And so the Yersinia can trigger Graves’ disease. The Yersinia is best tested in the blood. It can also be picked up on a stool analysis. However, the stool analysis will miss the majority of Yersinia infections, so it really should be tested in the blood. HIV, something to think about if you have Graves’. You may want to be tested for HIV if you have a history of potentially contracting HIV. The HTLV-1 virus, this is a tropical virus, so unless you’ve developed it after traveling overseas or to a tropical area, it’s unlikely that it’s connected with your particular case of Graves’ disease. Then, a traumatic and stressful event. I’ve seen many patients who’ve had a major, major trauma, stressful event in their life, and then they’ve developed Graves’ disease right after that. The trauma and the stress really throw off the immune system, damage the immune system. It can damage DNA and then these stressful events can also allow opportunistic infections to reactivate and take hold.
One example that we talked about earlier would be H. pylori and another one would be the Epstein-Barr virus. Leaky Gut and what we call Dysbiosis. So 70% of your immune system is in the gut, and if you develop Leaky Gut and what we call Dysbiosis, meaning that the bacterial colonies in your gut are way out of balance and that’s throwing off your immune system. And then that can create a vicious cycle of Dysbiosis, Leaky Gut, and an imbalanced immune system, and that’s a significant part of the Graves’ disease and the attack on the thyroid gland. SV-40, this is a virus, again, in the Simian class. Again, unlikely unless you are in contact with a simian species like monkeys, but there is a connection there with Graves’ disease.
There you have it. Those are all of the most heavily researched causes of Graves’ disease. And so these are the things that you’ll want to request to be tested for by your doctor. The most common ones you should be tested for would be the Epstein-Barr virus, H. pylori, and Yersinia enterocolitica. Those are the big three, and then you’ll also want to request a stool analysis to look for Enterobacter, Dysbiosis, Campylobacter, and other GI infections that could be contributing to Graves’ disease. If you do have Graves’, you should definitely be consulting with an endocrinologist who will recommend medication to control the Graves’. And he or she may even recommend having your thyroid removed or having radioactive iodine, which will obliterate the thyroid gland. However, in addition to seeing an endocrinologist, you could work with a functional medicine doctor who can do some of this testing for you and hopefully identify the cause, and then balance your immune system.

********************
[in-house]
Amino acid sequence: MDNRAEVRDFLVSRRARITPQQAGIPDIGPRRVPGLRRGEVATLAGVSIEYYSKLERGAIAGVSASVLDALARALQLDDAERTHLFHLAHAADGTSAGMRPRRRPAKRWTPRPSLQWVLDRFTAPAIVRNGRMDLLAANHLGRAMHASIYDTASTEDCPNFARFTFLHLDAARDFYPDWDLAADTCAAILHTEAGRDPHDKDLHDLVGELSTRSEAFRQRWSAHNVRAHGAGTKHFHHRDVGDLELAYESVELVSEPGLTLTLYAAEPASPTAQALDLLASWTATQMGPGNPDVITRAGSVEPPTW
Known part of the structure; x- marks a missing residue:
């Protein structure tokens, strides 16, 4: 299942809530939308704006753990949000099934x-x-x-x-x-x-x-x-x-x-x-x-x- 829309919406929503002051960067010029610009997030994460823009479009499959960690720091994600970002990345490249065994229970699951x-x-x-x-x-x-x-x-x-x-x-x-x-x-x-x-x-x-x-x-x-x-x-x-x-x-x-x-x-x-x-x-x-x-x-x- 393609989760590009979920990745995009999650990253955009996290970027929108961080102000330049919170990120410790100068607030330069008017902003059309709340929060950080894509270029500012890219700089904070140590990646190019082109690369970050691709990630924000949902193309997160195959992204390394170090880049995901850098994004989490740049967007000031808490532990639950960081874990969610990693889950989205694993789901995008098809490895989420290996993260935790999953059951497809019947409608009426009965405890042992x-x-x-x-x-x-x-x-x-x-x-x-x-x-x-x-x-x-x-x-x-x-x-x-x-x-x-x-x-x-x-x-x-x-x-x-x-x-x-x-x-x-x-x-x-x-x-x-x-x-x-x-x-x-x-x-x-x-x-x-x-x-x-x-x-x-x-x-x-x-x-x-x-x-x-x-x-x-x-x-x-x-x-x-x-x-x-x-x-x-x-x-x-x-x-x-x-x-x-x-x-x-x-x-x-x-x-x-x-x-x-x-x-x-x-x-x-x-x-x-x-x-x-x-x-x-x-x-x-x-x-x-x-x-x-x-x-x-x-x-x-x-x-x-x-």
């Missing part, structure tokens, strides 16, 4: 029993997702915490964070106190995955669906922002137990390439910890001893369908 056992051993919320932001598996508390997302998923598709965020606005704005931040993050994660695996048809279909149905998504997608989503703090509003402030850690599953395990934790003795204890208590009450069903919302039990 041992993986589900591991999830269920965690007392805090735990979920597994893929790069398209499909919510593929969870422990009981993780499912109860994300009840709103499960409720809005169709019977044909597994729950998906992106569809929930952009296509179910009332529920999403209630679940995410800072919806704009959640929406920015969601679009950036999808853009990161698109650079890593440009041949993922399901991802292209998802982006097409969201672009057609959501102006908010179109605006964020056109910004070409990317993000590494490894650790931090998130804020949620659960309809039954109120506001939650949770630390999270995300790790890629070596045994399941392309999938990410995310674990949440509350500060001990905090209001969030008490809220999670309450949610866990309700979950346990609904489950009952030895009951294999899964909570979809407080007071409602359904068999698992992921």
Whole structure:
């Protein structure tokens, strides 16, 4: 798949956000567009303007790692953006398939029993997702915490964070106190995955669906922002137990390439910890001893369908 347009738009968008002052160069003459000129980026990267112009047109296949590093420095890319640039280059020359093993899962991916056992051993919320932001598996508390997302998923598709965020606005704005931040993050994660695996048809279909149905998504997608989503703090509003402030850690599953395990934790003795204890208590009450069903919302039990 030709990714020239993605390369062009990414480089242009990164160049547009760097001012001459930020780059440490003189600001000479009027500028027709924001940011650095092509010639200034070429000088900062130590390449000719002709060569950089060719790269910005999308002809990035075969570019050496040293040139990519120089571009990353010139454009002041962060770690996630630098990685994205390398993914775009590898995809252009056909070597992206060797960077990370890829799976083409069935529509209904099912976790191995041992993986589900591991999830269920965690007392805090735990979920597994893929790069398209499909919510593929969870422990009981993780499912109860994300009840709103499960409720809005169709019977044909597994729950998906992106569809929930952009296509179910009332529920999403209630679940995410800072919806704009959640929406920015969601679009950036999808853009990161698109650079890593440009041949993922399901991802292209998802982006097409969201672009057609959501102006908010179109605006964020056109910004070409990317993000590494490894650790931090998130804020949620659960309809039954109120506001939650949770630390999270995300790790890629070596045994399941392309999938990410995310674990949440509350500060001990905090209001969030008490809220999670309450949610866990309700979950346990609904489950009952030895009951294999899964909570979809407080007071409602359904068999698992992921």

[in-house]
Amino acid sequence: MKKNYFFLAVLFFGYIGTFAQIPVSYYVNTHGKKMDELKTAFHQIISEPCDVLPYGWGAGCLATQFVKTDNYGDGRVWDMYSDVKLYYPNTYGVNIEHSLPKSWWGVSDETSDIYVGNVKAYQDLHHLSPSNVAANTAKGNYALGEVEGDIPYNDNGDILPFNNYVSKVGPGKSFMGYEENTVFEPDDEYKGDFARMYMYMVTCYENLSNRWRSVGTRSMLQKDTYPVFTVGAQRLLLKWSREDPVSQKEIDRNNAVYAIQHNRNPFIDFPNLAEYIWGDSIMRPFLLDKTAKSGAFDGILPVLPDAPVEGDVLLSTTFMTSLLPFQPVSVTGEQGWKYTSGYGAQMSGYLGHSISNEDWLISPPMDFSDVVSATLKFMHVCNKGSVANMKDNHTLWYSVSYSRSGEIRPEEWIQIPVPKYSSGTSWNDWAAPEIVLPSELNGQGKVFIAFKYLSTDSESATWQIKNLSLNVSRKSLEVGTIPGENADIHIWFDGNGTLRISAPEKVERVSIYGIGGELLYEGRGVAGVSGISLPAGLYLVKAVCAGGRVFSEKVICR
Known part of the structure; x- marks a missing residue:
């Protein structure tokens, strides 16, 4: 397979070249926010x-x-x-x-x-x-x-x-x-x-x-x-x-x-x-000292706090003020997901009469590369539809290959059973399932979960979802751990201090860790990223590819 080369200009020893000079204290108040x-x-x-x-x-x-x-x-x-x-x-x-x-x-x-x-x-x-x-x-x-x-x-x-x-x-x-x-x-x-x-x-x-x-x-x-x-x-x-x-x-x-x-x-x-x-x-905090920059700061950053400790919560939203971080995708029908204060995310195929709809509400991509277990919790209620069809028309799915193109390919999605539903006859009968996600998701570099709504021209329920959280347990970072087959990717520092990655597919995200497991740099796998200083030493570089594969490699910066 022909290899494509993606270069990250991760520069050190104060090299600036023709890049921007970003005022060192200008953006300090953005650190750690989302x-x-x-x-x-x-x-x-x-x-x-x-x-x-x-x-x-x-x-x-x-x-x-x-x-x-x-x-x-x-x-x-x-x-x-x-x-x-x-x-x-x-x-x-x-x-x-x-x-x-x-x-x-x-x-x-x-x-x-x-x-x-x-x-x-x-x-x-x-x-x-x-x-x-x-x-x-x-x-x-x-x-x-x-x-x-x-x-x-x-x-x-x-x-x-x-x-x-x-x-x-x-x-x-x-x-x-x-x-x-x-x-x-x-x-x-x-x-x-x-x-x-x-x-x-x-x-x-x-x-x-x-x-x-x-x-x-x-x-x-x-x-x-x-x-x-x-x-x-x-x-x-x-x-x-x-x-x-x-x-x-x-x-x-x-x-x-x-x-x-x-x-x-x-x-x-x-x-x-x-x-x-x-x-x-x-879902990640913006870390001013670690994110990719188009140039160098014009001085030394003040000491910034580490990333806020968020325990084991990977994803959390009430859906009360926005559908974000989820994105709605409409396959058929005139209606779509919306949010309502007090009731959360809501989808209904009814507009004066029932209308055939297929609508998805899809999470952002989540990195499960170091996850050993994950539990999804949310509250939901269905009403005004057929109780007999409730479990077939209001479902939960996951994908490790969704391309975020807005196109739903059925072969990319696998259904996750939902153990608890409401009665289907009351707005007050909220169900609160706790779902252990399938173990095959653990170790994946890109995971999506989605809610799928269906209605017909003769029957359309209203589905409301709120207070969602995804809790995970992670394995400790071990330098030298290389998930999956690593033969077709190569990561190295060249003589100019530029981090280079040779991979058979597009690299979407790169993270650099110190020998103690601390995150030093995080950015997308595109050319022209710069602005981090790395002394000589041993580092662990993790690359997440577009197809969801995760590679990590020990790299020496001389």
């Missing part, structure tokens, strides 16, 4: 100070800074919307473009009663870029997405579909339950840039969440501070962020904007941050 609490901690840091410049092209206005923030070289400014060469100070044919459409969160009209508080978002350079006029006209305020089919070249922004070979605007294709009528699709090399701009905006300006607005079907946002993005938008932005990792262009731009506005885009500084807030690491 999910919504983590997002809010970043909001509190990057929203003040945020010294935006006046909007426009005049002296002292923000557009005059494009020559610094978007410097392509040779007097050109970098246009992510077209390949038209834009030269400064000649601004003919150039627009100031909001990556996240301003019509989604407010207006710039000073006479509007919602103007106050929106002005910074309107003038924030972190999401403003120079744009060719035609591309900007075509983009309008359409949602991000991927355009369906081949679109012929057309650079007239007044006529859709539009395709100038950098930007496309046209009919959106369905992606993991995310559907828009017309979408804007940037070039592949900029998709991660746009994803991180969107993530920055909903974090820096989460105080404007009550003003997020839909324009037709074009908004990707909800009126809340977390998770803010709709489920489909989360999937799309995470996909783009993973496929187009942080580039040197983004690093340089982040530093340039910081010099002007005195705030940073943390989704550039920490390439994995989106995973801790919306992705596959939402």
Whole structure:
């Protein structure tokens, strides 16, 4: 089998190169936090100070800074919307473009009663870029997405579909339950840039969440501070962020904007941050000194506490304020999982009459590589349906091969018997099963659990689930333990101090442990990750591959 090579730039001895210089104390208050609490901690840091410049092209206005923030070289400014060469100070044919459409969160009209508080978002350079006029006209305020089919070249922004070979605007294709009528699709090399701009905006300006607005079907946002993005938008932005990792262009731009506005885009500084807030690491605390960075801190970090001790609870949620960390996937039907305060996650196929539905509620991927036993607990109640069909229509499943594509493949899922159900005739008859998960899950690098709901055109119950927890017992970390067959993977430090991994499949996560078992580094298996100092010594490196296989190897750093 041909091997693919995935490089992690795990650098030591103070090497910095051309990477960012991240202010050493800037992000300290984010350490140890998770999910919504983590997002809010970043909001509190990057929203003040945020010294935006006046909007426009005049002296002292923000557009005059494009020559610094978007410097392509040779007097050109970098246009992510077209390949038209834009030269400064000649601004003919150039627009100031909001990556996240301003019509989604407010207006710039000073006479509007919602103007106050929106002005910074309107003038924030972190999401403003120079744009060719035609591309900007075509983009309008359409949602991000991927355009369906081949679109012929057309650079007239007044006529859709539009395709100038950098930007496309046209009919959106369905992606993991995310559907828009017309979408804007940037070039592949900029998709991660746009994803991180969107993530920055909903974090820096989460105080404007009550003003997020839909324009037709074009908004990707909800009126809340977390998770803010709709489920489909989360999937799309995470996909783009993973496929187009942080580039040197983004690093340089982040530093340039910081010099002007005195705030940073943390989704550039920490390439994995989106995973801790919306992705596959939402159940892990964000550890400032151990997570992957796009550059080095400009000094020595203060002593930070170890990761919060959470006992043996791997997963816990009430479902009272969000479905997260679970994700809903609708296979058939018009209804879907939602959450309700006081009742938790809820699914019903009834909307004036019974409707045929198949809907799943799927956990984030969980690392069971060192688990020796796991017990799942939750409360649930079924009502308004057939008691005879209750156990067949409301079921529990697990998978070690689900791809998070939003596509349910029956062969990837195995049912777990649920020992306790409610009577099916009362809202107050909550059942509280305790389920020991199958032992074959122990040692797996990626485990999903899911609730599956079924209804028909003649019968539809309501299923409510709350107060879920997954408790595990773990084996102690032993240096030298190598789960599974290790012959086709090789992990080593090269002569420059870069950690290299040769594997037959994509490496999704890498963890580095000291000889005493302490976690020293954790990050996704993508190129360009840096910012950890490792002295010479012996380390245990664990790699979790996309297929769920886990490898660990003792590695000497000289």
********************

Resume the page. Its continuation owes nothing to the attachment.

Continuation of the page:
But again, you should definitely be seeing an endocrinologist and you should definitely be under the care of an endocrinologist while you’re going through that process. Because Graves’ disease can result in what’s call a thyroid storm, which is an emergency situation that could actually lead to death. If you want more cutting edge information on thyroid disorders, my website, drhedberg.com, has a tremendous amount of information. And I do send out a newsletter with cutting edge thyroid information. I always stay up to date on all the latest thyroid research and so if you want to follow that, you can sign up for my email newsletter.
I hope you enjoyed this short webinar on all the possible causes of Graves’ disease. Hopefully you’ll have a better understanding now of what’s thrown off your immune system, and the reason why your own immune system is attacking your thyroid gland. This is Dr. Nik Hedberg. Take care, and I’ll see you at the next webinar.